[Democrats] were calling for a tax cut, after all, and they had Republicans tying themselves in knots explaining why the party of Reagan and Tea didn't want lower taxes. All the Democrats wanted in exchange for extending the reduction was a small increase in how much the wealthy paid -- a position that was widely popular among voters.And then Senate Democrats caved, without a peep from the President, despite his "big speech" in Kansas last week on economic inequality.
So what did Democrats get from the apparent deal to avert a government shutdown? A measly two months' extension of unemployment benefits and the payroll tax cut with the extraneous inclusion of language to force a decision within 60 days on the Keystone XL pipeline. No millionaire's tax. And it's not like tax cuts are the most effective form of economic stimulus anyway -- and this one takes money from Social Security.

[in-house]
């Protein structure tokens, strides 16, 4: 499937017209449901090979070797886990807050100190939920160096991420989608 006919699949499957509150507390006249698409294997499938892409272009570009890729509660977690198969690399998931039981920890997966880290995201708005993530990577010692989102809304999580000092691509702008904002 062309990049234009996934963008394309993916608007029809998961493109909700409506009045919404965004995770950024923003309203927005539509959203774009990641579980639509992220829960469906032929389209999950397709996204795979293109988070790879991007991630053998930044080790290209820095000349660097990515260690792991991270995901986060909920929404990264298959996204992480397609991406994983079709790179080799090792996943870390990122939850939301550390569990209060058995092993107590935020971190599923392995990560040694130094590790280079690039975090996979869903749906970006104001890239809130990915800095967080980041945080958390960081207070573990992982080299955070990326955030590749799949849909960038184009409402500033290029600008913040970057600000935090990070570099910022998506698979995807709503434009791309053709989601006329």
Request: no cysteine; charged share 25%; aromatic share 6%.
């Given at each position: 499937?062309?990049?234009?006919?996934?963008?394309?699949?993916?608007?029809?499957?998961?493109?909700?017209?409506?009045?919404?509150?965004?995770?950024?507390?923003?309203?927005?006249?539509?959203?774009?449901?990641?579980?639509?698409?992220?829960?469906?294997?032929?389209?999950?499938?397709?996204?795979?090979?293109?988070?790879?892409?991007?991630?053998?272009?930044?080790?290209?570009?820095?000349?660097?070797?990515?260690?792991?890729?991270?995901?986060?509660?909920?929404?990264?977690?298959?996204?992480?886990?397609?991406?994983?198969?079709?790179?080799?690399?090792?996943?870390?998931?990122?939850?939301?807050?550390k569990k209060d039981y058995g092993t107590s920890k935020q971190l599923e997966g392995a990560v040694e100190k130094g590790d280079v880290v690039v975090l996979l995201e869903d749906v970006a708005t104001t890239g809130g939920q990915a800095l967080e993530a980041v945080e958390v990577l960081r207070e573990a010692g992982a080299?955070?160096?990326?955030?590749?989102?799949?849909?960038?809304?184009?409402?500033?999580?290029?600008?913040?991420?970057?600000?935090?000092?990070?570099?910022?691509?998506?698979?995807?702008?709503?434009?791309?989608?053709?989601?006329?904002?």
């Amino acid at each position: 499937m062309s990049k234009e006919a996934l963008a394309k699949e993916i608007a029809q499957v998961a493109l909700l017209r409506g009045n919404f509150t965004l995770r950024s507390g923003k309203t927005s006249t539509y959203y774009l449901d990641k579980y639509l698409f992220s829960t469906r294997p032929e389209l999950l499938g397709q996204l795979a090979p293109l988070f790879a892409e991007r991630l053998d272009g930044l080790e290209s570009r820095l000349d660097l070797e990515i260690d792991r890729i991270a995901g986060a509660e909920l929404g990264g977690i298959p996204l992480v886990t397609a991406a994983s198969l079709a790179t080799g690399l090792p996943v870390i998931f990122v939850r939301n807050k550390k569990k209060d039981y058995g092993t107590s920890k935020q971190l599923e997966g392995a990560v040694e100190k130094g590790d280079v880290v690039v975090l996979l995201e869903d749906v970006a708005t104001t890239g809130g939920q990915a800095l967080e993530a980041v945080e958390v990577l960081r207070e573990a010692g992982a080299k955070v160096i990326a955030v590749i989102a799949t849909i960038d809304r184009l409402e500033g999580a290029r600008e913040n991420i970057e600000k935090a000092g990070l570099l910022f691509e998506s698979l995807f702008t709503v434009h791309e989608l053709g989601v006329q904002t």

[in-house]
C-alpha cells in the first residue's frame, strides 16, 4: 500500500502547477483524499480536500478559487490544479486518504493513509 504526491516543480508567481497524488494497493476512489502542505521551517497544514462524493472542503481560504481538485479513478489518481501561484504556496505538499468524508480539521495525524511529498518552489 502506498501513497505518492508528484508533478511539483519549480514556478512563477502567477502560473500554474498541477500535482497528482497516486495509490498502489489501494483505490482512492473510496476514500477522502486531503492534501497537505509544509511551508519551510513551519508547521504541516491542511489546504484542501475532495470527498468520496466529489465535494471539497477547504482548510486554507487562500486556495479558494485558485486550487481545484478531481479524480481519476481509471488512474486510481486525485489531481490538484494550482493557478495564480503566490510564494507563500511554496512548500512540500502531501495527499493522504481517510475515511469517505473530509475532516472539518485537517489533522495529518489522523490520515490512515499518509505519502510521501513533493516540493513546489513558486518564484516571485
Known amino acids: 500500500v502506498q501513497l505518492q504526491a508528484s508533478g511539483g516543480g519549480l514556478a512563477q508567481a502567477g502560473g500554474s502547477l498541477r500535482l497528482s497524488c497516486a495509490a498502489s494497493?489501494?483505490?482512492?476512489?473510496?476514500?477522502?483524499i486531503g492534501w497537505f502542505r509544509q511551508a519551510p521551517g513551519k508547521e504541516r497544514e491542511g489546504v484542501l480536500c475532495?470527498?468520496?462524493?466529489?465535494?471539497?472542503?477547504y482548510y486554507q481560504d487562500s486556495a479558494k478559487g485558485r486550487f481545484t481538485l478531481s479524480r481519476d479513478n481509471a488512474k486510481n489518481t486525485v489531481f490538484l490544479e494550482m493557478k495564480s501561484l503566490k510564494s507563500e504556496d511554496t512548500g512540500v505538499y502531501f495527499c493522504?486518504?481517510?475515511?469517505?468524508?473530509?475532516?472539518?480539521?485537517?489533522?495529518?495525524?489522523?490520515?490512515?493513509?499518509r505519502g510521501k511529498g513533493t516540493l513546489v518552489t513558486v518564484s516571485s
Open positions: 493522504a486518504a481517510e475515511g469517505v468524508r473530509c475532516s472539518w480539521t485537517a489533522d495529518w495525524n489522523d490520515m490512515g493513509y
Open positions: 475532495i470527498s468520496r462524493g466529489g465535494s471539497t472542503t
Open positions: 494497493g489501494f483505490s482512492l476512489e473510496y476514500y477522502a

Let's get a little historical perspective here. Political scientist Sven Steinmo, in his book Taxation and Democracy (1996), wrote that polls had long showed that Americans thought a major problem with the tax system was that the wealthy didn't pay enough tax. Yet the political system then, and in the 15 years since, has been delivering "tax reform" that has done exactly the opposite, reducing taxes on the rich. One has to question exactly how democratic a political system is that cannot deliver a reform favored by a large majority for at least 30 years.
So, here we stood on the verge of getting at least a little movement in the direction favored by a big majority, and Senate Democrats pull the rug out from under us again. As the Occupy movement has pointed out, something is very rotten in the state of American democracy.
As I wrote earlier, we face lots of hostage-taking opportunities in the future, especially if we are getting shutdown-averting deals that only last two months. If the Democrats keep caving in at this rate, they could give away most of the welfare state by election day.